Social Development Minister Anne Tolley orders CYF to review how it handled 'rotten bread' neglect case

CYF is to review how it handled a case where five children were so badly neglected they had to eat mouldy bread, Social Development Minister Anne Tolley has ordered. Photo / 123RF
CYF is to review how it handled a case where five children were so badly neglected they had to eat mouldy bread, Social Development Minister Anne Tolley has ordered. Photo / 123RF

Child Youth and Family is to review how it handled a case where five children were so badly neglected they had to eat rotten food.

"CYF received reports of concern in relation to the family prior to 2015 and we worked with the family on the presenting issues alongside other agencies," CYF Auckland regional director Sharon Thom said in a written statement.

"In 2015 when the children were found neglected home alone, they immediately came into CYF care and the mother was charged."

Now the kids "are thriving with whanau caregivers", Thom said.

Their mother, Tala Pita, 33, of Manurewa, was today sentenced at the Manukau District Court to six months community detention and 18 months intensive supervision for five charges of wilful neglect.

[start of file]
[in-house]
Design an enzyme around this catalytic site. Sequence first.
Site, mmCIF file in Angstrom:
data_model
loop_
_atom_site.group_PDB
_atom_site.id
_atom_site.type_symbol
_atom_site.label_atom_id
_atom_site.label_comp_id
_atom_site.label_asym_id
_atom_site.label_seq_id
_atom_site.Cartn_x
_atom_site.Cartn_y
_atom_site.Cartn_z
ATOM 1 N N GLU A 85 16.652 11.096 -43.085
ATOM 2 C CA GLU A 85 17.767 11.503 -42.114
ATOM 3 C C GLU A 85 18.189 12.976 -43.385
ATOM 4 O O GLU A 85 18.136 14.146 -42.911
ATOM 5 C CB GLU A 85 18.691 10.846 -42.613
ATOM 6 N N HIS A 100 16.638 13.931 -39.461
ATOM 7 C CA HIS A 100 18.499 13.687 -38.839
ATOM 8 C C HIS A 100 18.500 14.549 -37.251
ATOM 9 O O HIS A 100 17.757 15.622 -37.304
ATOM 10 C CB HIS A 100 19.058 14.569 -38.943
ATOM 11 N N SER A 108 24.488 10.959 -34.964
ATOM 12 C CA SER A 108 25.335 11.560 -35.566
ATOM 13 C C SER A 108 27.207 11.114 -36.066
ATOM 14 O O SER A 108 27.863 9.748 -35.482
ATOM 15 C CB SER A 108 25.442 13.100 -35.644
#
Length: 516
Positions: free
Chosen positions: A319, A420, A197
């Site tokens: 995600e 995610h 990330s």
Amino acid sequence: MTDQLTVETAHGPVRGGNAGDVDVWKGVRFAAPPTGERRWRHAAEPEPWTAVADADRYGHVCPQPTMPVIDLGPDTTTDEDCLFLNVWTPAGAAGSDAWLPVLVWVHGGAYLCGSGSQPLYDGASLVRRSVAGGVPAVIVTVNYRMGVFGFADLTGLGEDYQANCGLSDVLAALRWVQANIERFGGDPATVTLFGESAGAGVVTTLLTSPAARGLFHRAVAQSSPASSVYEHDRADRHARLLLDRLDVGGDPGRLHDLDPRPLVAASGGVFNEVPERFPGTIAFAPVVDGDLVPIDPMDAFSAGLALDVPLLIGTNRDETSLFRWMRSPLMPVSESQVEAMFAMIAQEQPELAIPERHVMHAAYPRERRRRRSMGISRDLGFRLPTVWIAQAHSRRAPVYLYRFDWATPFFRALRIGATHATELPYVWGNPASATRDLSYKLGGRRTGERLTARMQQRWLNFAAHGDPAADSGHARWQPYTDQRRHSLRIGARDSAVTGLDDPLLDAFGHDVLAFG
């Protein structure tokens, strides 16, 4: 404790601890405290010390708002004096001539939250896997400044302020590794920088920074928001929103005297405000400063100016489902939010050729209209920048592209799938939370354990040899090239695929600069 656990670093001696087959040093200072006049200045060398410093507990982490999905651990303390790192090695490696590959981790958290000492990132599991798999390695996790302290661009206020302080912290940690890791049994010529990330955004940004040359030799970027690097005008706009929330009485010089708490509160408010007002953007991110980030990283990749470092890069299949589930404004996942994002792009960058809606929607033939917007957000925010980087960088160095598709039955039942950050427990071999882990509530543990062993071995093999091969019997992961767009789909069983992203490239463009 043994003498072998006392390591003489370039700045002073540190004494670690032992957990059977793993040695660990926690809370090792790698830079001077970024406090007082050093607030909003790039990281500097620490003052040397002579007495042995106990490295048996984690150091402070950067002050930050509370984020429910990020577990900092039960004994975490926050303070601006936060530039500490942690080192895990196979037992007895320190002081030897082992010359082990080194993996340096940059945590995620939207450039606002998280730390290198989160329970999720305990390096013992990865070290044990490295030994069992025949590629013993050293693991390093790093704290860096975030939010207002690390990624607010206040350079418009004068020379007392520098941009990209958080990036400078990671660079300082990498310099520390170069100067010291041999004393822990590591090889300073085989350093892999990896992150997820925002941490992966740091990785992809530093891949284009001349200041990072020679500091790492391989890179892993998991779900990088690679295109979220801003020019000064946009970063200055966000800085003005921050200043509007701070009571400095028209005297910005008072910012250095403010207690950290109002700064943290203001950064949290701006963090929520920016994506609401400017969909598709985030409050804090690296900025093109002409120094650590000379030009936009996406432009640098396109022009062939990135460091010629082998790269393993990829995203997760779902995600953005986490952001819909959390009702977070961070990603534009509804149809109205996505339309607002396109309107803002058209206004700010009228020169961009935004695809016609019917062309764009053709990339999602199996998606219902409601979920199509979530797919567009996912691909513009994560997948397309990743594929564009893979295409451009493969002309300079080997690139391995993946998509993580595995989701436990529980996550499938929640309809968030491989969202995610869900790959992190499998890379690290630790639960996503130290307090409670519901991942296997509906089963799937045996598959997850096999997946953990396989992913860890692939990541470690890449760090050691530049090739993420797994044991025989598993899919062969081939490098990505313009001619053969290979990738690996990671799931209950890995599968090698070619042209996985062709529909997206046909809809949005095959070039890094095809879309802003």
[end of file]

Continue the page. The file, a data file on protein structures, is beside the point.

She'll also have a curfew from 7pm to 7am during her community sentence.

Judge Gus Andree Wiltens told Pita: "You deserted them and left them to their own devices."

The court heard that Pita often left her children at home on their own in September and October 2015.

The cupboards were bare but for mouldy bread and corned beef. They had to eat the bread because there was nothing else to eat.

CYF would "review whether everything that could have been done was done for this family" after an independent expert panel that reviewed the case found CYF should have intervened earlier, Social Development Minister Anne Tolley told Fairfax.

"And that's why we're shifting our focus from a system that simply reacts to a crisis to one that gets in early to help these families."

Members of the public who were concerned about other families should let authorities know, she said.

Thom said the new Ministry for Vulnerable Children, Oranga Tamariki, which will replace CYF in April, hoped to place "greater emphasis on harm and trauma prevention and early intervention" than CYF had done.

- NZ Herald

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